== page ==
Honey chicken sandwiches and ramen make me think of you. Instant ramen, the ones you told me about as we were in a convenience store, that when you were younger you would get in cups and is usually a dollar but at the Indian market on the corner it’s $1.50, as you hand over crumbled dollar bills you were clenching in your fist on the walk over.
Sometimes in the summer when the weather was lazy and your dad was in a good mood he’d go with you, walking beside you the four blocks to the store where the clerk would recognize you and then smile when your father allowed you a bag of chips or a candy or
a small tin of Altoids (I don’t know, maybe you liked keeping trinkets in the metal tin).
That was on a good day. On bad days he’d walk faster than you on purpose, in a huff, annoyed that he had to keep watch over you because you weren’t old enough to stay home alone and all your older siblings were away at school. When you lingered, passing by the tennis courts in the park he’d flick your ear and tell you those are activities for rich folk, not like you, whose father could only afford the cheapest cup ramen and sometimes a sandwich from the deli in the back. The sandwich was mostly bread but at least there were some meat and veggies. As a child you probably didn’t care for that and I know you also hate chicken, but the taste of the honey in it wasn’t bad. When you shared it with your father he would sometimes leave you just the bread and lettuce, after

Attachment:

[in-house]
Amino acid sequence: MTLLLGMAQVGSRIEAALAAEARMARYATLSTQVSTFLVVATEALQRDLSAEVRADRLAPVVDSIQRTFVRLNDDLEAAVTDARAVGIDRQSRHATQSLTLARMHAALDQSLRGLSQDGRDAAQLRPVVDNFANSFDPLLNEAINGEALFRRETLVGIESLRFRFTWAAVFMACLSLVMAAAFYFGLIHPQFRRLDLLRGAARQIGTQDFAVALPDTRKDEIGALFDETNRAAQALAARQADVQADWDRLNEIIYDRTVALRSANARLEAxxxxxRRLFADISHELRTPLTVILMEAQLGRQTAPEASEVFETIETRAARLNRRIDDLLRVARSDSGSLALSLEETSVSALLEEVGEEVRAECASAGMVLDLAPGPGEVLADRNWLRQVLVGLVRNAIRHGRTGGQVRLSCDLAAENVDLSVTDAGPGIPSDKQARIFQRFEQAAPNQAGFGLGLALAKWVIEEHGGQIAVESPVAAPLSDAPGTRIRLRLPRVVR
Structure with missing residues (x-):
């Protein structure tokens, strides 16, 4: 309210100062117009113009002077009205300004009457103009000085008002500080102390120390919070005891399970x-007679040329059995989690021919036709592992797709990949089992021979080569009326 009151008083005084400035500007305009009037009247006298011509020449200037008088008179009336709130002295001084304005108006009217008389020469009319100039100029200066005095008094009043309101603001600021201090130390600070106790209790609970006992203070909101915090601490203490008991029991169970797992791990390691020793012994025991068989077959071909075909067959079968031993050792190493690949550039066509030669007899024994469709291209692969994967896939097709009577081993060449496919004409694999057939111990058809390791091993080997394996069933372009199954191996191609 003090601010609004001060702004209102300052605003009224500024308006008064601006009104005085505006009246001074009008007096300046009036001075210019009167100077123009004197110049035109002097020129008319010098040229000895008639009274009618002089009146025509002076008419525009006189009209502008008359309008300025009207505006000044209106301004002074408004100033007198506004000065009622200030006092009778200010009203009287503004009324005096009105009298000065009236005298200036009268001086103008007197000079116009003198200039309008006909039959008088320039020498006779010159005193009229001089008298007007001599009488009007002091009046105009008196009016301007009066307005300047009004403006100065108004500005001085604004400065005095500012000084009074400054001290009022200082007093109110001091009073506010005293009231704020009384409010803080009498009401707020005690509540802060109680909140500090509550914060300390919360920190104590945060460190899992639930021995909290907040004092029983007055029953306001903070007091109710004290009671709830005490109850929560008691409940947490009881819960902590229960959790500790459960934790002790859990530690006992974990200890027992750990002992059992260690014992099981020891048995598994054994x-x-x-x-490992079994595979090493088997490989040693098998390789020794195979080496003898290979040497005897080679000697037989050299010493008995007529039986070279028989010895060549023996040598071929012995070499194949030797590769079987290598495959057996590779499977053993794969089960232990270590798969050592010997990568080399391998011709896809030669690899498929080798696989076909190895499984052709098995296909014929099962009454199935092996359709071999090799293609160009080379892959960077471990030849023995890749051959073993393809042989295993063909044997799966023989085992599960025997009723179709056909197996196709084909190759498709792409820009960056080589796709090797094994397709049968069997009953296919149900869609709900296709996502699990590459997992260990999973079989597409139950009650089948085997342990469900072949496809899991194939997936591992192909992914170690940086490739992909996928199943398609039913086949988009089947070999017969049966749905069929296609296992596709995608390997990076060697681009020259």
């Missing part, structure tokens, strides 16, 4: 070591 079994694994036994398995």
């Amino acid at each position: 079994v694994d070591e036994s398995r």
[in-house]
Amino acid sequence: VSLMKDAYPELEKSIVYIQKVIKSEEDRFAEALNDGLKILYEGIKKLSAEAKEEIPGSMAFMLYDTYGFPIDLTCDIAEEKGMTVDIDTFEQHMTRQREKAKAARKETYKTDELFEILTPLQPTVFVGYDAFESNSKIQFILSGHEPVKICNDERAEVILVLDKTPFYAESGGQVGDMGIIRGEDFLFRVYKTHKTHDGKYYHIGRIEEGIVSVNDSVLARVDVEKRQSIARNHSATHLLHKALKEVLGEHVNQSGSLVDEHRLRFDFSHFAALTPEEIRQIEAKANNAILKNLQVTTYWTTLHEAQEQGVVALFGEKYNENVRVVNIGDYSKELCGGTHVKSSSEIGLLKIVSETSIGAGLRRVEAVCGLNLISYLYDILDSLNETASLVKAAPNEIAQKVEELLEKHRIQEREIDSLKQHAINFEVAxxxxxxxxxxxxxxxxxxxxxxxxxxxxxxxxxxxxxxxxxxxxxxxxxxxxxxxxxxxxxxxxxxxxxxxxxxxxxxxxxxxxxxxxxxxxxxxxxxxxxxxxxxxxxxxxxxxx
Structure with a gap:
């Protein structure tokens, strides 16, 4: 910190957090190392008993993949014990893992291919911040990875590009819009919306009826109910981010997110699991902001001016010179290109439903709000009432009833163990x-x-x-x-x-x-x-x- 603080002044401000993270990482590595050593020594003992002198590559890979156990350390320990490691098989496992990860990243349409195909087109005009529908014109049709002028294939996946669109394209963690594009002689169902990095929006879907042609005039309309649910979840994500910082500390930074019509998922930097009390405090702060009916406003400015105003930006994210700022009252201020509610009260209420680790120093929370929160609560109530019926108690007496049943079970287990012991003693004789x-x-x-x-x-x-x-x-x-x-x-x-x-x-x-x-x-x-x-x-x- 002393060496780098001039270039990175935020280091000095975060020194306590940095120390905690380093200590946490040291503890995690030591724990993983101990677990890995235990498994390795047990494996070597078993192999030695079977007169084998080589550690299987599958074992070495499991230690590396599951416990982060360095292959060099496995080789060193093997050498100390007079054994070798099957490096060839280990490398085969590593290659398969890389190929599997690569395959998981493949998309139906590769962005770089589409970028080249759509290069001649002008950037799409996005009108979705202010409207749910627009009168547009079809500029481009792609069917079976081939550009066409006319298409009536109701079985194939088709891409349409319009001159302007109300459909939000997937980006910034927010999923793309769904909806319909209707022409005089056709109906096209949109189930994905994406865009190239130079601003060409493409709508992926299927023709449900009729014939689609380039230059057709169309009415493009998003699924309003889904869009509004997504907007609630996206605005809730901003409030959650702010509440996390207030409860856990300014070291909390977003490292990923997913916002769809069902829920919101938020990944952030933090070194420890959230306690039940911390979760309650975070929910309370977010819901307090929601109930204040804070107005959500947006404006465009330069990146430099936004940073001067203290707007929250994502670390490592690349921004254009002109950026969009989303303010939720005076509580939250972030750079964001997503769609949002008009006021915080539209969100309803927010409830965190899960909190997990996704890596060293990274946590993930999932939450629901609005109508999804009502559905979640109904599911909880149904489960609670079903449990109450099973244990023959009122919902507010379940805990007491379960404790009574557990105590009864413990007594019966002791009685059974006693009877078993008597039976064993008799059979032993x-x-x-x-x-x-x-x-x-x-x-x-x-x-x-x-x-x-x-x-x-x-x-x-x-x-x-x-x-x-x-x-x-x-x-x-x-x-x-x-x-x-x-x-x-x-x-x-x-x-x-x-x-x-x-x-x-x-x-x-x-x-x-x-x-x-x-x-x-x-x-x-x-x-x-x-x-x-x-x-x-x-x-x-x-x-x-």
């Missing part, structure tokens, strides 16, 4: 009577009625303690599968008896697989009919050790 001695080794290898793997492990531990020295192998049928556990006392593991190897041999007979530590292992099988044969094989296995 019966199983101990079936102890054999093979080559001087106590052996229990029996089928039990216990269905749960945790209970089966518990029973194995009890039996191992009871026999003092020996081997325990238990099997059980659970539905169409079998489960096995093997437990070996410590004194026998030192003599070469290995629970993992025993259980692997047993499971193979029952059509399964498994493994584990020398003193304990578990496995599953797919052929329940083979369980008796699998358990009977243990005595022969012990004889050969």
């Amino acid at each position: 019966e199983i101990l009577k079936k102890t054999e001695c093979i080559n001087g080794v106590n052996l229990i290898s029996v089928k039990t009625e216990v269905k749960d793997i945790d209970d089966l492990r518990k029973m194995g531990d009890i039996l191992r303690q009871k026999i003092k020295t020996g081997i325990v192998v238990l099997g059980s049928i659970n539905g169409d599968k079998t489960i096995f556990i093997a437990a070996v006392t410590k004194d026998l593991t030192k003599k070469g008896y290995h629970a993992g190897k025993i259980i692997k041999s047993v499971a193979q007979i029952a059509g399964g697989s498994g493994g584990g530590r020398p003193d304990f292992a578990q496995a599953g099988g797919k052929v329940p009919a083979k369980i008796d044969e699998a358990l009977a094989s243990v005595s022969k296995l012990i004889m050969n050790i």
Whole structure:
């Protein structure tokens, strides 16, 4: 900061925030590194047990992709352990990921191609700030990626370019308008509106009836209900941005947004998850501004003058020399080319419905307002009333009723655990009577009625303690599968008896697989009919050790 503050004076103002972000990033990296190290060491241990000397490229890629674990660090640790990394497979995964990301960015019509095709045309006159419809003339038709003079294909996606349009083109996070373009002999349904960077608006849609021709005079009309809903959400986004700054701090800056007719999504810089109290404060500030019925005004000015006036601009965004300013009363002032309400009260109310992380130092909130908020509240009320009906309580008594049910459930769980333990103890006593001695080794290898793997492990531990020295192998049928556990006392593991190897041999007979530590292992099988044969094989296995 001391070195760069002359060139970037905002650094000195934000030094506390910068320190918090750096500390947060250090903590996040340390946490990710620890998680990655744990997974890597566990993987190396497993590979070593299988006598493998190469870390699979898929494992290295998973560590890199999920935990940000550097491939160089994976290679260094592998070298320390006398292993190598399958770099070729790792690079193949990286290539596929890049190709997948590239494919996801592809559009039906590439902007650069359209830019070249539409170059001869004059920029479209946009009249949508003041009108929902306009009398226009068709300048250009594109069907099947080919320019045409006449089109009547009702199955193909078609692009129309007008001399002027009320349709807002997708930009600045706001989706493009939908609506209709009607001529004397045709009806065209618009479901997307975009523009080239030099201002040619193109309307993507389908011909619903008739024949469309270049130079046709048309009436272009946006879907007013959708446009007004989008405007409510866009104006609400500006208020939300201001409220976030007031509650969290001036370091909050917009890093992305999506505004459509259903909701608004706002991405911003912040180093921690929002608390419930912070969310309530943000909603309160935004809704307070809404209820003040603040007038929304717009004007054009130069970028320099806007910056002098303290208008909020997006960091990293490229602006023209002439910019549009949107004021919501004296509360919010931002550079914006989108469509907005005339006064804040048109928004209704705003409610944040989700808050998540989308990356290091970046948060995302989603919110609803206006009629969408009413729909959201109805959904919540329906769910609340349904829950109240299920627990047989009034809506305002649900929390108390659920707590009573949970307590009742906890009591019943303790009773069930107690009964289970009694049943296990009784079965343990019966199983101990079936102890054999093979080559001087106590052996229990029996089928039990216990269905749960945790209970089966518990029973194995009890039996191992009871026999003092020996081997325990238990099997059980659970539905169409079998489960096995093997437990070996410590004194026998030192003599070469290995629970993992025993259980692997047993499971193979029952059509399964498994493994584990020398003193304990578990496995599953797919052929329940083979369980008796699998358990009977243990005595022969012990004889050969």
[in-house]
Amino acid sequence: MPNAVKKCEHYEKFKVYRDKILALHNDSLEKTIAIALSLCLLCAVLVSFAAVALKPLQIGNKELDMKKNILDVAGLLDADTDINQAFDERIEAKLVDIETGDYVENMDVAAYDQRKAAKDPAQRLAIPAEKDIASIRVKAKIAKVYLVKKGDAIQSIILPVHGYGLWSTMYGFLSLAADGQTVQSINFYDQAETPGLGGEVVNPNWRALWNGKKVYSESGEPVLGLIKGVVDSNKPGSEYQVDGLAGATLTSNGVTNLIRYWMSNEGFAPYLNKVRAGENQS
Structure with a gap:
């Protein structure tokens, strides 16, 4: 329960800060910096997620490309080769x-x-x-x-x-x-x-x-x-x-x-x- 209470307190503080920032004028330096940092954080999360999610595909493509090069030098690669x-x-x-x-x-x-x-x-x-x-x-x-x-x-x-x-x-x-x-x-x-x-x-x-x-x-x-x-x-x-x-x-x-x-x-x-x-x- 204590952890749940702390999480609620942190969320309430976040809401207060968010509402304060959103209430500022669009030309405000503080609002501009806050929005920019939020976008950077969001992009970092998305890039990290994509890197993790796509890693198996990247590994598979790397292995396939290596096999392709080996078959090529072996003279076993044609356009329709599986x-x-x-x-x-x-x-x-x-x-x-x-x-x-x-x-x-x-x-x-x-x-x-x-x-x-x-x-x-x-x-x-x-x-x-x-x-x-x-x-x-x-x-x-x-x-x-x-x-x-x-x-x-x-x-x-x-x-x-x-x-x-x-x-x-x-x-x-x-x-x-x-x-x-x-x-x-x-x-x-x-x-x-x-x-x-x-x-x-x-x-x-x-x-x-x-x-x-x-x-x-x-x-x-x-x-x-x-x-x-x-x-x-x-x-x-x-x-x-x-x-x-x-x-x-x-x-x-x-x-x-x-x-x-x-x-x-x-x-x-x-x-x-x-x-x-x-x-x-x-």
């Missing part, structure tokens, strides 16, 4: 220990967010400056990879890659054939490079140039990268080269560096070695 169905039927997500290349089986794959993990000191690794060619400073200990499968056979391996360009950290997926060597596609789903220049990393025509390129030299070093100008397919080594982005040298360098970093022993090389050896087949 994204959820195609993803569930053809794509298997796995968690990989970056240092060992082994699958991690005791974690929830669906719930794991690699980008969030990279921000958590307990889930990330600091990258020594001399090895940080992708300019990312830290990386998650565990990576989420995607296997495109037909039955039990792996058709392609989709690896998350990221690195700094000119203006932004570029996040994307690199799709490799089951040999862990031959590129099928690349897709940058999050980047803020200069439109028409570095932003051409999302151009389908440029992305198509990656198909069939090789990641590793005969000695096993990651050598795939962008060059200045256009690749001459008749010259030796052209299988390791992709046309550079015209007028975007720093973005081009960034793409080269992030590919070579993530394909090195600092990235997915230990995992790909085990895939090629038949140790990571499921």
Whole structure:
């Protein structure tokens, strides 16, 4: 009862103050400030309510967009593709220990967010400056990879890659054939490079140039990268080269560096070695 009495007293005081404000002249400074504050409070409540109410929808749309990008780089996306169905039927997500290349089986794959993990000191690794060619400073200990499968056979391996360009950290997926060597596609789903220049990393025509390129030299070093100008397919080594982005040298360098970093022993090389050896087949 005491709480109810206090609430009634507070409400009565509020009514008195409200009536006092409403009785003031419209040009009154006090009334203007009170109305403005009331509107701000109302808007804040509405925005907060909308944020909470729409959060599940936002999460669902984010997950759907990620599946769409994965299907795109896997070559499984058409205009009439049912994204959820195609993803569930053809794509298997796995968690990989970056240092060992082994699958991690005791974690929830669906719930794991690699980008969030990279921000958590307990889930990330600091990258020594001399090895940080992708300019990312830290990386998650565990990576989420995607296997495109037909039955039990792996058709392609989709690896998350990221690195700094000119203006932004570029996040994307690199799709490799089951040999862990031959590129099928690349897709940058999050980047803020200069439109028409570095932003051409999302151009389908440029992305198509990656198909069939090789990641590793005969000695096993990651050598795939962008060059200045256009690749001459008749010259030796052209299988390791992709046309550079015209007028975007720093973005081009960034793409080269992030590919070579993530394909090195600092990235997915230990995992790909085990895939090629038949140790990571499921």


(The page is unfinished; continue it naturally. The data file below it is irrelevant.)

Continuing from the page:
he fingered out the meat first.
Your dad didn’t want you to play tennis but instead he told you that wrestling would be more useful. When you were trying to finish your library book before the 3-week due date he’d come up from behind you and try to flip you over on the scratchy carpet in your one-story house that you were renting at a good deal from some 2nd uncle. He’d tell you reading was for girls and you needed to get out and into some scuffles.
You still read anyway, escaping the blue house through the garage door and hopping the fence your dad put up, walking the three blocks to the tennis courts in the park. You would sit on the grass outside the chainlink fence, with your book, watch kids hit balls with their shiny tennis racquets, the “rich” kids. You want to finish your book today. And that’s how you became a fast reader.
You tell me this as we’re at the corner store buying sandwiches for lunch. When the deli man hands you your toasted sandwich you shift the book you’re holding to the other hand. You can buy books now but you still read at the library and finish a book every week. I say you should write a story about this, but you say no it’s too personal. When I come back to the store without you I’ll write it in my mind as I wonder what other books you’re reading and collecting, the same way I’m collecting the stories you tell me.
Written by: Connie Chen
Art title: Breaktime
Artist: Eunbin Lee